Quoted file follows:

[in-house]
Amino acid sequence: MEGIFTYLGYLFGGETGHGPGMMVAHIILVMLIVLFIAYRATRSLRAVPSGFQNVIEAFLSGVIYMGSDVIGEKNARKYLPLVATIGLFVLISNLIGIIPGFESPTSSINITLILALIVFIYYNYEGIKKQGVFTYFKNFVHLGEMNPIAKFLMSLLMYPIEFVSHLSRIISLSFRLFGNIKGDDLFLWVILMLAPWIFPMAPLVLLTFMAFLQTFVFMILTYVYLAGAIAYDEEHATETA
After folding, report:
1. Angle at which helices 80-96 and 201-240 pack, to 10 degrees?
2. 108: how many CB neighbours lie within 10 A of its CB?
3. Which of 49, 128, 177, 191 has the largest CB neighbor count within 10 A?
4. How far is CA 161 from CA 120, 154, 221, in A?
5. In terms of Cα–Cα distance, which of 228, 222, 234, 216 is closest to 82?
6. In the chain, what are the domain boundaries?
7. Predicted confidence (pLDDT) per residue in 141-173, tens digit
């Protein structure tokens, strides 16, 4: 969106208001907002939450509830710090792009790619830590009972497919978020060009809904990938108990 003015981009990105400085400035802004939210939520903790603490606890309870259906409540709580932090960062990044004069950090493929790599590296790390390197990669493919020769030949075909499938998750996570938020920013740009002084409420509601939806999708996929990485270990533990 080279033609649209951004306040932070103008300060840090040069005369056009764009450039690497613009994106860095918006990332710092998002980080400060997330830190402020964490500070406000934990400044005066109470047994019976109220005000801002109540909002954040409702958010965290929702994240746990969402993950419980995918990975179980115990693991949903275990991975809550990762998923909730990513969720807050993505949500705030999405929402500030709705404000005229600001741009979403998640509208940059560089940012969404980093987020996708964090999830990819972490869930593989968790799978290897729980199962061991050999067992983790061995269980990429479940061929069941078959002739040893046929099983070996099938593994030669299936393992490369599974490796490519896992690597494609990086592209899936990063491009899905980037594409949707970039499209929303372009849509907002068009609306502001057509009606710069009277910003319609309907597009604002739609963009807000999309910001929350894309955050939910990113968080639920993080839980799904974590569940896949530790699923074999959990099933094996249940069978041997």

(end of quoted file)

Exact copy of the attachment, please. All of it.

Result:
[in-house]
Amino acid sequence: MEGIFTYLGYLFGGETGHGPGMMVAHIILVMLIVLFIAYRATRSLRAVPSGFQNVIEAFLSGVIYMGSDVIGEKNARKYLPLVATIGLFVLISNLIGIIPGFESPTSSINITLILALIVFIYYNYEGIKKQGVFTYFKNFVHLGEMNPIAKFLMSLLMYPIEFVSHLSRIISLSFRLFGNIKGDDLFLWVILMLAPWIFPMAPLVLLTFMAFLQTFVFMILTYVYLAGAIAYDEEHATETA
After folding, report:
1. Angle at which helices 80-96 and 201-240 pack, to 10 degrees?
2. 108: how many CB neighbours lie within 10 A of its CB?
3. Which of 49, 128, 177, 191 has the largest CB neighbor count within 10 A?
4. How far is CA 161 from CA 120, 154, 221, in A?
5. In terms of Cα–Cα distance, which of 228, 222, 234, 216 is closest to 82?
6. In the chain, what are the domain boundaries?
7. Predicted confidence (pLDDT) per residue in 141-173, tens digit
């Protein structure tokens, strides 16, 4: 969106208001907002939450509830710090792009790619830590009972497919978020060009809904990938108990 003015981009990105400085400035802004939210939520903790603490606890309870259906409540709580932090960062990044004069950090493929790599590296790390390197990669493919020769030949075909499938998750996570938020920013740009002084409420509601939806999708996929990485270990533990 080279033609649209951004306040932070103008300060840090040069005369056009764009450039690497613009994106860095918006990332710092998002980080400060997330830190402020964490500070406000934990400044005066109470047994019976109220005000801002109540909002954040409702958010965290929702994240746990969402993950419980995918990975179980115990693991949903275990991975809550990762998923909730990513969720807050993505949500705030999405929402500030709705404000005229600001741009979403998640509208940059560089940012969404980093987020996708964090999830990819972490869930593989968790799978290897729980199962061991050999067992983790061995269980990429479940061929069941078959002739040893046929099983070996099938593994030669299936393992490369599974490796490519896992690597494609990086592209899936990063491009899905980037594409949707970039499209929303372009849509907002068009609306502001057509009606710069009277910003319609309907597009604002739609963009807000999309910001929350894309955050939910990113968080639920993080839980799904974590569940896949530790699923074999959990099933094996249940069978041997």